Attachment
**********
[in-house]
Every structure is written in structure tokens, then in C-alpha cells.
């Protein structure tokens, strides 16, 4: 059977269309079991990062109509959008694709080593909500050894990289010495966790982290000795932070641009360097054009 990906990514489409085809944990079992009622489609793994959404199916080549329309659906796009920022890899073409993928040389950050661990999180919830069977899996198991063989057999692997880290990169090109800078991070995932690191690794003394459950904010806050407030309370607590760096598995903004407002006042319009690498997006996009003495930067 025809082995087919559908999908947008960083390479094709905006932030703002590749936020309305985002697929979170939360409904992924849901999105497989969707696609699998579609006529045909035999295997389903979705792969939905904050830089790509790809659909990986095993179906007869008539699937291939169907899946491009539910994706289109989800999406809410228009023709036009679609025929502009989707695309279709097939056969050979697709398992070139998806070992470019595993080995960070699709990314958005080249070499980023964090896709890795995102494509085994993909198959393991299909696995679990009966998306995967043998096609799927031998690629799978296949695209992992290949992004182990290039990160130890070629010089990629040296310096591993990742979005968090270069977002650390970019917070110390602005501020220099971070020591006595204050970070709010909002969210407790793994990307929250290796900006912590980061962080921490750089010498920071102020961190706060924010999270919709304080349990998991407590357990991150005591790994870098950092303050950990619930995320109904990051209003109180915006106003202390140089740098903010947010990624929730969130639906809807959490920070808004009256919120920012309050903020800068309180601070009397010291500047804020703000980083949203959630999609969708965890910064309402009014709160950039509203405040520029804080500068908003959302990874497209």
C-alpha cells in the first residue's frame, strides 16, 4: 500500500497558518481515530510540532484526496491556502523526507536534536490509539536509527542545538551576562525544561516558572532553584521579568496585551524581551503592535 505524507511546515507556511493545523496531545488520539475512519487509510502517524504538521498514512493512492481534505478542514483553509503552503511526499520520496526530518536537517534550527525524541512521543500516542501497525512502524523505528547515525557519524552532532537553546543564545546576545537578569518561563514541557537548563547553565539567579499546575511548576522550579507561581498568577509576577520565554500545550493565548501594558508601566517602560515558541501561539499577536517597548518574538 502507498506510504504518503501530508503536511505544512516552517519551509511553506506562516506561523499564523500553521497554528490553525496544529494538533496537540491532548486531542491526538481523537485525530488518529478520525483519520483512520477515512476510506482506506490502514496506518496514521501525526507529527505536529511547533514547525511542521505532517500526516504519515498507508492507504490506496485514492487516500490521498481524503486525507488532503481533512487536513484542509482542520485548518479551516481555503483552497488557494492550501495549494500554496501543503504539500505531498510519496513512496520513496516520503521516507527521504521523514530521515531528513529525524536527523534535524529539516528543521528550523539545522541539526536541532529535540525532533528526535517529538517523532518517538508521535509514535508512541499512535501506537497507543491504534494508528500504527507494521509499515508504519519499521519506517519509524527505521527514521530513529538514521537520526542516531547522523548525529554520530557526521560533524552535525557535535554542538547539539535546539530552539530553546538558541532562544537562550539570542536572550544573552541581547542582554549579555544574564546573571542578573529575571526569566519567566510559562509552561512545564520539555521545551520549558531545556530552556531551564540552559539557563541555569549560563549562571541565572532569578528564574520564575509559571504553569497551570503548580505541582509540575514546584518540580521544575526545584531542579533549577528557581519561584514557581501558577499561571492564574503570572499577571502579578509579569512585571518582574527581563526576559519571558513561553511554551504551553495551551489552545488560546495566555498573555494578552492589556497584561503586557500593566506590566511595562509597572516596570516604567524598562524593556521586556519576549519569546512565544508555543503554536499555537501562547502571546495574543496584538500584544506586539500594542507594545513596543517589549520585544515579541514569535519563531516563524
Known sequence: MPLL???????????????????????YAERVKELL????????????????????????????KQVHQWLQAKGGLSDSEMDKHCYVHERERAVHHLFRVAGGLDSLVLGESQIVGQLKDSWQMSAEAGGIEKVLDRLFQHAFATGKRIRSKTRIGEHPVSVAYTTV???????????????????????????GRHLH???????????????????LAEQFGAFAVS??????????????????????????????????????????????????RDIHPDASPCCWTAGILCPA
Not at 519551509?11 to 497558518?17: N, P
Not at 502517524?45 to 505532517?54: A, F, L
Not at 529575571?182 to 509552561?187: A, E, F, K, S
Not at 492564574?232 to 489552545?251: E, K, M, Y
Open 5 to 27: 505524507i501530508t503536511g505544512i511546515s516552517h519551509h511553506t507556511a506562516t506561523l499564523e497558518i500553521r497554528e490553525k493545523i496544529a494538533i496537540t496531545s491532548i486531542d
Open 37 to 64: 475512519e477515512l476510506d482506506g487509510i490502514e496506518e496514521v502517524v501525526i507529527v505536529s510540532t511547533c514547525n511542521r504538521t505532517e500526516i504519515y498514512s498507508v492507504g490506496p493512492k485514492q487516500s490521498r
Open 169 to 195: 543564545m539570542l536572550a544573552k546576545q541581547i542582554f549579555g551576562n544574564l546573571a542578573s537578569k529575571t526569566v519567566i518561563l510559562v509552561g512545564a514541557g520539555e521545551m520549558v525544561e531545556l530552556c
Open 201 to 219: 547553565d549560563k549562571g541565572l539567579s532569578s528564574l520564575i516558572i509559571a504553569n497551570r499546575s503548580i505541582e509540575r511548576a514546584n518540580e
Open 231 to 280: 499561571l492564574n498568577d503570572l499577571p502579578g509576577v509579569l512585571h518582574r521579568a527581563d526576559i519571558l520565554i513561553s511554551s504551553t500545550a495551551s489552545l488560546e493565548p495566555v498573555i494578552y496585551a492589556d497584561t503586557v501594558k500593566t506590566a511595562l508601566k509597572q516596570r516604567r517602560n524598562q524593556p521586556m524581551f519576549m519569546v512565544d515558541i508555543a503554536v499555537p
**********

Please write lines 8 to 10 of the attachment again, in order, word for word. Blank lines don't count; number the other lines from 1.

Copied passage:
Not at 529575571?182 to 509552561?187: A, E, F, K, S
Not at 492564574?232 to 489552545?251: E, K, M, Y
Open 5 to 27: 505524507i501530508t503536511g505544512i511546515s516552517h519551509h511553506t507556511a506562516t506561523l499564523e497558518i500553521r497554528e490553525k493545523i496544529a494538533i496537540t496531545s491532548i486531542d